Nasa’s 2024 manned Moon mission facing coronavirus-related delays
Image credit: NASA
Nasa’s plans for a manned mission to the Moon by 2024 could be dealt a major blow by the coronavirus outbreak, the agency’s administrator Jim Bridenstine has admitted.
It has been forced to shut two of its rocket production facilities after an employee tested positive for the illness, including its Michoud facility in New Orleans. This facility is where it is building the Moon rocket, or Space Launch System (SLS).
But the 2024 date was already looking unlikely with a top Nasa manager raising doubts it would be met in September, long before coronavirus-related disruptions occurred.
“We realise there will be impacts to Nasa missions, but as our teams work to analyse the full picture and reduce risks we understand that our top priority is the health and safety of the Nasa workforce,” Bridenstine said.
The SLS is due to be completed by June of this year, but it has gone drastically over budget by around $1.8bn (£1.4bn).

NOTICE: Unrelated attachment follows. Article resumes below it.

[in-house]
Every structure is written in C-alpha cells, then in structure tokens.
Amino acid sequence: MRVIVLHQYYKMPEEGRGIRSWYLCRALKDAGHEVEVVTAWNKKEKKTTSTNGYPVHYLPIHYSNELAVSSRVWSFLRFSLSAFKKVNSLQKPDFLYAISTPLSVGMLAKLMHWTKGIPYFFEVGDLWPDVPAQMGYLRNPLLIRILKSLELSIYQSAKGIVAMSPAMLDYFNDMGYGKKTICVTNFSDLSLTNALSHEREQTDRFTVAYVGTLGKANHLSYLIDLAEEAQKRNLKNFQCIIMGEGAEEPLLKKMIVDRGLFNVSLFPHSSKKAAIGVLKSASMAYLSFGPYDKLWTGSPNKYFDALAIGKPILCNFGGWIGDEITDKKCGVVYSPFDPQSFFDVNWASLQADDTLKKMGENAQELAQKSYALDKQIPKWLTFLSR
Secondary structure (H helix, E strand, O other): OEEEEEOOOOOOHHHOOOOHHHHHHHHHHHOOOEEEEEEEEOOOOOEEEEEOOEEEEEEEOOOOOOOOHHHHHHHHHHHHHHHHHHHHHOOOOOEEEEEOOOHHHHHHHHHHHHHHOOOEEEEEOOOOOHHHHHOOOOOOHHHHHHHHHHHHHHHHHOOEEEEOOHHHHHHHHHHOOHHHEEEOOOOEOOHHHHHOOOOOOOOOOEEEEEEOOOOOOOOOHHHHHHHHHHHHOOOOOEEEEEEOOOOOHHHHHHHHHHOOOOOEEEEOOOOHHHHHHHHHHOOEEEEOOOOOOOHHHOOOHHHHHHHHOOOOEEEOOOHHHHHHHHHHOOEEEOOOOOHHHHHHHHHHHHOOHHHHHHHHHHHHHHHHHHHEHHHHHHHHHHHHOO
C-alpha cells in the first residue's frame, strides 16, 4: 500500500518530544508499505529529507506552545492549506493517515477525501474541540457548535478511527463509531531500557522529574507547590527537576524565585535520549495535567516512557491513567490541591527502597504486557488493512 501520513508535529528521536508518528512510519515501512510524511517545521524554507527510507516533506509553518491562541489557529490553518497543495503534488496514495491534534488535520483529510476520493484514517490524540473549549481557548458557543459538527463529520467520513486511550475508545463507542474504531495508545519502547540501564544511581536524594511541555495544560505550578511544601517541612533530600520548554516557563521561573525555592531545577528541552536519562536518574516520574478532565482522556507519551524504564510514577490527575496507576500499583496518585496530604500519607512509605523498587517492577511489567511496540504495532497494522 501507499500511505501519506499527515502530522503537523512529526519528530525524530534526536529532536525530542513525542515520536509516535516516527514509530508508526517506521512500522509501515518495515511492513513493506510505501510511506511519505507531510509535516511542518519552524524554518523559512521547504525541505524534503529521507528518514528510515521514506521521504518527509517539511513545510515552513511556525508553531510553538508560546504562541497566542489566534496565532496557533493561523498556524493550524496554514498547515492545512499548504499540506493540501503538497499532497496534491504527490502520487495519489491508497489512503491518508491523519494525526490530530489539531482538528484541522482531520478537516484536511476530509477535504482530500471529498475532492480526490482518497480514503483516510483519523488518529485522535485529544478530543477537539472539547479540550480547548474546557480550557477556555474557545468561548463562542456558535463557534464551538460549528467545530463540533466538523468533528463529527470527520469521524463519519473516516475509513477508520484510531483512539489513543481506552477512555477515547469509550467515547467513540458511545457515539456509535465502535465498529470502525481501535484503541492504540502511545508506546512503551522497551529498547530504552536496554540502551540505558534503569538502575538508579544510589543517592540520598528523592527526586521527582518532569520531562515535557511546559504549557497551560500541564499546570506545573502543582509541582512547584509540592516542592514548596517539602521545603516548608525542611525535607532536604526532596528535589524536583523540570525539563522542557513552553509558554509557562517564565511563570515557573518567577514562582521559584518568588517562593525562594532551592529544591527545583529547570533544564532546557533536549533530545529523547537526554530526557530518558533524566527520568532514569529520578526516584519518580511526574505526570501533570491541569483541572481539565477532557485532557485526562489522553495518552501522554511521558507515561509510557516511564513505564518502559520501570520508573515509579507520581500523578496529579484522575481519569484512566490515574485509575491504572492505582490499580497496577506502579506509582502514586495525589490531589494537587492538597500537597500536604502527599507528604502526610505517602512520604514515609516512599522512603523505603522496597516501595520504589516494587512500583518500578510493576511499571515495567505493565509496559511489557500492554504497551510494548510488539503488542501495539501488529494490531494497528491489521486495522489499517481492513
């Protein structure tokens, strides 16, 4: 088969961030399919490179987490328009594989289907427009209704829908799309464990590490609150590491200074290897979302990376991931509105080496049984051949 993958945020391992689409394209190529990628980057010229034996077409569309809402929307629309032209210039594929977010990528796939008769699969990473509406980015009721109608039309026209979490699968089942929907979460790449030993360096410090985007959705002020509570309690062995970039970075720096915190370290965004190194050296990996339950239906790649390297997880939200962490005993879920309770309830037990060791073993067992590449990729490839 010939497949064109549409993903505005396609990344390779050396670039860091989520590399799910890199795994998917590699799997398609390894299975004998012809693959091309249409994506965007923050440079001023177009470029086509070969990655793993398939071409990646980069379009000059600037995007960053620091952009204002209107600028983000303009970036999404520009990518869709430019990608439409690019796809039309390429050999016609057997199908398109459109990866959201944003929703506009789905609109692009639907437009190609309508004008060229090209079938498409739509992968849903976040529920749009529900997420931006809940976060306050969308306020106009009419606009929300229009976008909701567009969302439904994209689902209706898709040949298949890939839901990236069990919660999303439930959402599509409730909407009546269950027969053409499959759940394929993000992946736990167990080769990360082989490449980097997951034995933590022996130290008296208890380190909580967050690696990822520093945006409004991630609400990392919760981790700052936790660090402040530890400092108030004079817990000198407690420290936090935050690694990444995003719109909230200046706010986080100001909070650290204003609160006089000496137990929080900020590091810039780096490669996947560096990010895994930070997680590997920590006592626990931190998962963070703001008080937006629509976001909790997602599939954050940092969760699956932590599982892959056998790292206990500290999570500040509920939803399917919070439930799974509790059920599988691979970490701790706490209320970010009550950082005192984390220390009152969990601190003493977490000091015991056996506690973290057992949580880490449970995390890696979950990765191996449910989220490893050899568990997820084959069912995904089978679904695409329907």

In addition, the rocket’s developer Boeing has already been forced to restructure the leadership team on the project twice and the company has been suffering its own setbacks from the 737 MAX fiasco alongside recent demands for a Government-backed bailout as airlines around the world grind to a halt.
Bridenstine did not say how long the shutdown of Nasa’s rocket facilities might last but acknowledged that the agency would be required to “temporarily suspend production and testing of Space Launch System and Orion hardware.”
On Tuesday, all 11 Nasa centres were placed at Stage 3 of the agency’s coronavirus contingency plans, requiring staff to work remotely except for those assigned to “mission-essential” projects which includes the SLS. But this quickly elevated to stage 4 yesterday, which requires a temporary shutdown of the whole building, after it transpired that an employee had been diagnosed with the virus.
A test flight without any astronauts aboard may also be delayed until after 2021.
The orders essentially put the brakes on Nasa’s accelerated timetable for returning astronauts to the lunar surface by 2024, an achievement viewed as a stepping stone to human exploration of Mars.
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